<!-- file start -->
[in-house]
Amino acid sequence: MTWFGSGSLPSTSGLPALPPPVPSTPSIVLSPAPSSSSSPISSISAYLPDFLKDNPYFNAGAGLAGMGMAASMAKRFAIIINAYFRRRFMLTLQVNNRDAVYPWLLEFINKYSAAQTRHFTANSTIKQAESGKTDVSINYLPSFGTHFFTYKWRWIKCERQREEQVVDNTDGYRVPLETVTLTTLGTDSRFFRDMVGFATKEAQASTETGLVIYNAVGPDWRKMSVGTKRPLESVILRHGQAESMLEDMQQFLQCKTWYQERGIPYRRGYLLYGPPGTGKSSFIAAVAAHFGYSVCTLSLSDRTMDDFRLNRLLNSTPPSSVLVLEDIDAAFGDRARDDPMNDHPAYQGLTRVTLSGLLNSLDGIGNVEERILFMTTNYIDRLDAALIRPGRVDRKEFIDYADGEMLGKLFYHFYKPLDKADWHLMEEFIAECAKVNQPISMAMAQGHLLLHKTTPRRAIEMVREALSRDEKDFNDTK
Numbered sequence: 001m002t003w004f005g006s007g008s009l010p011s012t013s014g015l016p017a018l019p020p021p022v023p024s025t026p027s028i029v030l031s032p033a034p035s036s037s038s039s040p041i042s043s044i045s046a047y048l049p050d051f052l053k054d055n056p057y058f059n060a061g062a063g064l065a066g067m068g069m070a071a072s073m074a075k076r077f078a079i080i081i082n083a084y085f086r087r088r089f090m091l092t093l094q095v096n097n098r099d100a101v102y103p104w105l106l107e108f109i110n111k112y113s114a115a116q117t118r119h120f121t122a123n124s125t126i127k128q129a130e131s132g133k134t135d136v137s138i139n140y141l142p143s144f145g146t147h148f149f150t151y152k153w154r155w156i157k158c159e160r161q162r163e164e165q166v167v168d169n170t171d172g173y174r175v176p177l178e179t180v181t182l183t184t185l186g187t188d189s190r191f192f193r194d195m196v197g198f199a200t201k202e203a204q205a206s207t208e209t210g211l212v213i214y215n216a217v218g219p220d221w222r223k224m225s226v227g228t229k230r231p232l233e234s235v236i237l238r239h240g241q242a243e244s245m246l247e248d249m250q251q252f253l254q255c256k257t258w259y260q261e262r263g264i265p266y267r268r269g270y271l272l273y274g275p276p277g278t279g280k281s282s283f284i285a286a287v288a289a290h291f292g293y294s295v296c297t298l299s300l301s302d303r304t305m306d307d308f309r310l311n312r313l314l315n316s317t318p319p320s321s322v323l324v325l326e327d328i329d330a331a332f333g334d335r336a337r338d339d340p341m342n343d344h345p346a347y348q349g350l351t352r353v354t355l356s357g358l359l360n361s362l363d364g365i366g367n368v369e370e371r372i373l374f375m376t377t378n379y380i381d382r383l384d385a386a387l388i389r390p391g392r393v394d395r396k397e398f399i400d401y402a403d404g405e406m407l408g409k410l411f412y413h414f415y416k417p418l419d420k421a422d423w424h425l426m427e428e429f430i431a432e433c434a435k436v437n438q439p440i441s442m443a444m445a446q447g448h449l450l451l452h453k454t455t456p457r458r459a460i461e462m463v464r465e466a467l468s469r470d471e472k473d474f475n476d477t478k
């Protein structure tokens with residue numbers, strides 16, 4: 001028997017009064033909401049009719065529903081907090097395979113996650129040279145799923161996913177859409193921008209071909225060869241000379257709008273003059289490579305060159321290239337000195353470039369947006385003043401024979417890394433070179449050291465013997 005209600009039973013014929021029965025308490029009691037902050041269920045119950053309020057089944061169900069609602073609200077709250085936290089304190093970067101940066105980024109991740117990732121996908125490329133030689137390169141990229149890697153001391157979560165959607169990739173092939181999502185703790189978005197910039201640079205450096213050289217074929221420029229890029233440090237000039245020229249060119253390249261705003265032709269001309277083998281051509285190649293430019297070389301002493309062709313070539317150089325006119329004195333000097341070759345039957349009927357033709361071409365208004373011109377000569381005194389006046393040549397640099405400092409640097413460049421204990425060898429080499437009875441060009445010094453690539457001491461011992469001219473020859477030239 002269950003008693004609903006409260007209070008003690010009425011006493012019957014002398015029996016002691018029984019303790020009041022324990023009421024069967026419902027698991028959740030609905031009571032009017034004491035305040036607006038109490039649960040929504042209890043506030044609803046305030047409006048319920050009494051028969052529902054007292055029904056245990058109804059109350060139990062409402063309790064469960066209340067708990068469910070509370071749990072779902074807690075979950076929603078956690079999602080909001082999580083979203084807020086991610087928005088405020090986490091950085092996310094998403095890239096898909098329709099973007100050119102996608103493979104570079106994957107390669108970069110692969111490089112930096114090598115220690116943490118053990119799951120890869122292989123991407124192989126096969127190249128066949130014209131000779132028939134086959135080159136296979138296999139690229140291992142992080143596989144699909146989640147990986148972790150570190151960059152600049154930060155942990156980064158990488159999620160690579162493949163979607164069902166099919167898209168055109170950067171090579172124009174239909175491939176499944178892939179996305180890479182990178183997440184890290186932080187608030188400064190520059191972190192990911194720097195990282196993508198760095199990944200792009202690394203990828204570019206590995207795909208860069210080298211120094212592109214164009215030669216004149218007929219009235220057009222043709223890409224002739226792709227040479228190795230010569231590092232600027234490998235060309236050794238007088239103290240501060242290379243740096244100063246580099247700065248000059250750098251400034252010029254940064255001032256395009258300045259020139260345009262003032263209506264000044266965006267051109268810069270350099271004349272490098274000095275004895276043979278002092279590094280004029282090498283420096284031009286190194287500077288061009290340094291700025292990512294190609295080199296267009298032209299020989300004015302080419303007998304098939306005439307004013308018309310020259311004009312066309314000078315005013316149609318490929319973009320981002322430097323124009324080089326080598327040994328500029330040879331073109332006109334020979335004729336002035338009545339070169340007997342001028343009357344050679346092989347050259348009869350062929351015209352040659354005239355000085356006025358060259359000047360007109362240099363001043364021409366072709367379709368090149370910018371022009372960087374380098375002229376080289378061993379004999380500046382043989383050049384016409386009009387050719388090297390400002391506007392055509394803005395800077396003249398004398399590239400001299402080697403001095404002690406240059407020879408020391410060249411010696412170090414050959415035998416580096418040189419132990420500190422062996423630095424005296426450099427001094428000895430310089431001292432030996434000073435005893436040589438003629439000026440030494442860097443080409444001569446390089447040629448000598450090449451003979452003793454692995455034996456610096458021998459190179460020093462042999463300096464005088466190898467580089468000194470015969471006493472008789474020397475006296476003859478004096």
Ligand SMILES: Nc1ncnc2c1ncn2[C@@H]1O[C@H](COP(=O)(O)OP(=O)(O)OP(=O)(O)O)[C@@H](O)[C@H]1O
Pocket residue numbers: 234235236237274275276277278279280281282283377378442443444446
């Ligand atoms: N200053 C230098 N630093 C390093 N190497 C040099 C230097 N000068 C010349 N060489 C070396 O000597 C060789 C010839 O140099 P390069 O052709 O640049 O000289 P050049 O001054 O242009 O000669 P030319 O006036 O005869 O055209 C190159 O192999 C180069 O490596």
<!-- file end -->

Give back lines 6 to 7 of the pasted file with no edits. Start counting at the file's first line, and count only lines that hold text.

Pocket residue numbers: 234235236237274275276277278279280281282283377378442443444446
């Ligand atoms: N200053 C230098 N630093 C390093 N190497 C040099 C230097 N000068 C010349 N060489 C070396 O000597 C060789 C010839 O140099 P390069 O052709 O640049 O000289 P050049 O001054 O242009 O000669 P030319 O006036 O005869 O055209 C190159 O192999 C180069 O490596």